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The Monday Morning Links Emporium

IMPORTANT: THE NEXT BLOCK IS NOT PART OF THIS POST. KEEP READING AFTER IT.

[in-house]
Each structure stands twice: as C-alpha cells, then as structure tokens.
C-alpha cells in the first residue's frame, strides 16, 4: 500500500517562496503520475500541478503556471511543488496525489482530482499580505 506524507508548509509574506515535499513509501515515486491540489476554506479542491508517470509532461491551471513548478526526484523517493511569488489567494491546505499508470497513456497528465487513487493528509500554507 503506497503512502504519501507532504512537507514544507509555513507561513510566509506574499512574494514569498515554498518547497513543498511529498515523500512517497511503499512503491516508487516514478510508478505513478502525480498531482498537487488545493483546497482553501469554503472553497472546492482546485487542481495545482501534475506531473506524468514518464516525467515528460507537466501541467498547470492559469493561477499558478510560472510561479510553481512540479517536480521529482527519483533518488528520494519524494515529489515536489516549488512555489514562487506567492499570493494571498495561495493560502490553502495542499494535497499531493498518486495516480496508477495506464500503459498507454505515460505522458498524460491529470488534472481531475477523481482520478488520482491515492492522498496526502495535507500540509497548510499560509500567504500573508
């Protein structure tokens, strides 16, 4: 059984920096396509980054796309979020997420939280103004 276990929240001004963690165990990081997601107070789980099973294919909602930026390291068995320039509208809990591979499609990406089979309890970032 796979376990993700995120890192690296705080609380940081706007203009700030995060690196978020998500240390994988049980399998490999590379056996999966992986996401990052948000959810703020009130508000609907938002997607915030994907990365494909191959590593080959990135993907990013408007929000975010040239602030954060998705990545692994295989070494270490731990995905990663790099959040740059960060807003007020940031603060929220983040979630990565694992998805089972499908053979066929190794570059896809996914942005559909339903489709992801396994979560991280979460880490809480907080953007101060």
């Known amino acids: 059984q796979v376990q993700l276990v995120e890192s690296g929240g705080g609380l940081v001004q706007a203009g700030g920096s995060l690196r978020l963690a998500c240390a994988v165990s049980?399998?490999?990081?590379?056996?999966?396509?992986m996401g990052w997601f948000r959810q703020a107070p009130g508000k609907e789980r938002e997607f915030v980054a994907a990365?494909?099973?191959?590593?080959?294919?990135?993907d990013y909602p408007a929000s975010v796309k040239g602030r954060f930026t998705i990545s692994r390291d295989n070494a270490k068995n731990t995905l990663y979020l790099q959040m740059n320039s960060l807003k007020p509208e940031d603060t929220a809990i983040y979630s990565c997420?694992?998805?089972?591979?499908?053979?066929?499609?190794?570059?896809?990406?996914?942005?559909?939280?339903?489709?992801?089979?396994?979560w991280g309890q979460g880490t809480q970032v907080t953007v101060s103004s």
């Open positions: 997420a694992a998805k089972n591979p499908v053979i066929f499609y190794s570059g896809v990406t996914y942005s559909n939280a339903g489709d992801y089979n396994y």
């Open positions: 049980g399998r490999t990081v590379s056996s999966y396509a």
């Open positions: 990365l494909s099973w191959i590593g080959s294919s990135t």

After a week long hiatus, The Monday Links Emporium is back, and this morning we feature something that will probably make you spit coffee out of your nose, some bizarre goings on at Kettering, a potted history of the World Cup for beginners and The Football Club That Ate Essex™. Don’t forget, we are always interested in any links that you find for this “prestigious” column – if you find anything that you think we would be interested in, feel free to drop us a line by email or stick it in the comments section here. – The Sunderland forum “Ready To Go”, in the spirit of office time-wasters world-wide, started a thread on the subject of recreating great football moments using MS Paint. The results were simply tremendous, and now there is a video compilation on YouTube. Cracking stuff, which will make you snort coffee out of your nose. – In 1992, When Saturday Comes ran an article by someone that gave the newly-merged Dagenham & Redbridge “Five Years. And that’s being generous.” Eighteen years on, the Daggers were promoted into League One at the weekend. Regardless of concerns about how the club came into existence, it’s an achievement that can’t be denied. Kudos, also, to WSC for reprinting a prediction that turned out to be so hopelessly wrong. – We’re finally starting to find out a little...